I pulled into Savusavu at 9:30 this morning, just 9 days after leaving Vuda Point and 3 days before my old import permit would have expired. I was worried about getting a good weather window to leave Savusavu, but I doubt that I could have pulled off that turnaround any better. Now it’s time to start getting ready for cyclone season here in Fiji. I’ve identified a number of “hurricane holes” on the charts. I need to explore and lay down track lines into each of them so that I’ll have someplace to run if a cyclone does come along. However it goes down, I feel better about this than leaving my boat to be smashed in Vuda Point again.


Wednesday, September 18th, 2013

I can’t believe that I’ve been in Savusavu for 2 weeks now. How can this happen? Whenever I come to scenic Savusavu on Fiji’s second largest island, I always stay at the luxurious Waitui Marina. By luxurious, I mean all the fresh water showers that you want to take. That’s where my bar stands. Waitui has a rickety dinghy dock off the end of an old pier, a covered little area to hang out, two bathrooms with shower stalls and a freezer where you can make ice overnight and take it out to the boats. The marina part consists of 20 or so moorings scattered throughout Nakama Creek where Asari will be waiting to help you tie up your lines as you come in. For USD$5 a night it’s a pretty good deal. There’s also the Copra Shed marina further up the creek, but it’s a bit more posh and Waitui suits my style.
With that kind of luxury, you could imagine me staying for a little while, but two weeks seems a bit excessive. Well the heavens opened up and it dumped constantly for the first 5 days I was in town. It was hard to get any projects done, but I did get around town and took some good pics. Riki and discussed the possibility of sailing up to Futuna to reset our import permits on our boats.

When you arrive in Fiji you get a permit allowing your boat to stay in Fiji for 18 months. If you exceed 18 months, then you have to pay tax amounting 30% the value of your boat. To reset this 18 months, all you have to do is check into another country and come back. The small French island Futuna is only 250 miles NE of Savusavu. Riki is leaving his boat here for cyclone season and needed to reset his time. I decided that visa wise it’d make more sense for me if I were to go in November, so I let Riki take off on his own while Christian and I stuck around.

With all the rain and the wind, it was hard to get many projects done, but I did pick up a 130 watt solar panel from the local hardware store and replaced the 60 watt panel in the middle of my array. Now I just sit back and smile as I watch the amps roll in. I also got a tip that there was a trail on the island across from town, so I went over and checked it out. It was mostly bushwhacking, but I got some good views, ran into a gnarly looking spider and met some local guys on the beach that turned into a party on Bodhran.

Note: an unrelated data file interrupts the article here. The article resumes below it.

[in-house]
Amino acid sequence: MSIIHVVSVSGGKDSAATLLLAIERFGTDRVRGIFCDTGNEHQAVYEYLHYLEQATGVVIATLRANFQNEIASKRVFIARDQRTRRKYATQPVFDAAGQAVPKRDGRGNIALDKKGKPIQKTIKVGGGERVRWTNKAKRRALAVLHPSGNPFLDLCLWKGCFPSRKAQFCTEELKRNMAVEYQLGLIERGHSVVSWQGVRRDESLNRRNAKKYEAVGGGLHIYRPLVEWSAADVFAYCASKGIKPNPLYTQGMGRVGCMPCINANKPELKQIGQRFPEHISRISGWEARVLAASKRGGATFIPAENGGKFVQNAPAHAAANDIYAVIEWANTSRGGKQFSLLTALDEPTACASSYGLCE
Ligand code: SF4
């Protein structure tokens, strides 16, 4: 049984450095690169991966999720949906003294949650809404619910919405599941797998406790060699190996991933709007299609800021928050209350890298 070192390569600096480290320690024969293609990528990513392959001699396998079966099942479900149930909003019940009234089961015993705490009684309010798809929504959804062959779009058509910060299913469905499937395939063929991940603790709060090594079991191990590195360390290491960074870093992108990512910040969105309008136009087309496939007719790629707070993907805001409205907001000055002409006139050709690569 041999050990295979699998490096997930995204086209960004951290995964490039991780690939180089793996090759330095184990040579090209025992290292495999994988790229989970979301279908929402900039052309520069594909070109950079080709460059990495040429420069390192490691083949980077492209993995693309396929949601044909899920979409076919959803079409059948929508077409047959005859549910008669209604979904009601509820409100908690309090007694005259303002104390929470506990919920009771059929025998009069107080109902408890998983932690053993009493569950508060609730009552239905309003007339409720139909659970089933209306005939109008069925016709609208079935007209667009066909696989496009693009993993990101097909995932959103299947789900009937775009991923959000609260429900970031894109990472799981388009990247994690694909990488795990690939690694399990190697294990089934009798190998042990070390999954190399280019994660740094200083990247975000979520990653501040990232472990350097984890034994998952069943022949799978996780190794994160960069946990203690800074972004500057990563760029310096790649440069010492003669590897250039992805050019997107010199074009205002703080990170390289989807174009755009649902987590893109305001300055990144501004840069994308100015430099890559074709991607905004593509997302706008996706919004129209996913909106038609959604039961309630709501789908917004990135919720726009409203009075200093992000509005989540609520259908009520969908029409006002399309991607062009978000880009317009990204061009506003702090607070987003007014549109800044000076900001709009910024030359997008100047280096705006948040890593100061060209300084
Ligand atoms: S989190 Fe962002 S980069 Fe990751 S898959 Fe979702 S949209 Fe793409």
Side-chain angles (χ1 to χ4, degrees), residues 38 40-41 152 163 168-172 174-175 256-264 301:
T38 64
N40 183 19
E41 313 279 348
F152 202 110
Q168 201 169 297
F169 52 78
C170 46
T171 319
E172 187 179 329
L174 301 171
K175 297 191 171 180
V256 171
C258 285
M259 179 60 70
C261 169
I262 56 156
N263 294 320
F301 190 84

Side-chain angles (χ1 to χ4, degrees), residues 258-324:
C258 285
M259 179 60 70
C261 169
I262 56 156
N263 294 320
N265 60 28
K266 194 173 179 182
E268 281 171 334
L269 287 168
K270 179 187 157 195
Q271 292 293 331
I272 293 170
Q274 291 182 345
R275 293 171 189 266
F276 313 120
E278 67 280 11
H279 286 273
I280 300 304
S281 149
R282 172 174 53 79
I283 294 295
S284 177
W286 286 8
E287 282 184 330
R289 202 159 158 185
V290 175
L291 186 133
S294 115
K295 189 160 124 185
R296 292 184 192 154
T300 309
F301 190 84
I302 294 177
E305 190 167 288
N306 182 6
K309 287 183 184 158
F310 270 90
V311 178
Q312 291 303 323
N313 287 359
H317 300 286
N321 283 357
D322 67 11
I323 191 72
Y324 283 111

Once Riki took off, it was going to be at least 5 days before he got back, so Christian and I decided to stick around even though the weather had improved, but the real reason that I’ve been haning out in Savusavu so long is my good internet connection and sports. Many of you may not realize that I’m a huge sports fan. It’s one of the biggest things that I miss while I’m out cruising and wouldn’t you know it, I hit Savusavu just in time for the opening weekend of the NFL. I hadn’t found anyway to watch the first Seahawks game, but I followed it on ESPN’s gamecast. Of course it was played at 5am local time and the bars weren’t open. I did hit the bar for the afternoon and night games. Since then I’ve found European sites that allow me to pick up the games on board.

On top of all the great NFL action, I’ve also been able to watch all the America’s Cup races. This years cup has been the sensational. I’ve been captivated, watching 72 foot high speed catamarans match racing on San Francisco Bay at speeds of 45 knots. It’s been amazing.

Riki is back now and I should be moving on, but I sprained my ankle the other day when I was out taking pictures. I can probably hobble around enough right now to sail, but it’d be safer to wait a couple of days, but by then it’d be getting close to next weekends NFL action, so I might be stuck here even longer.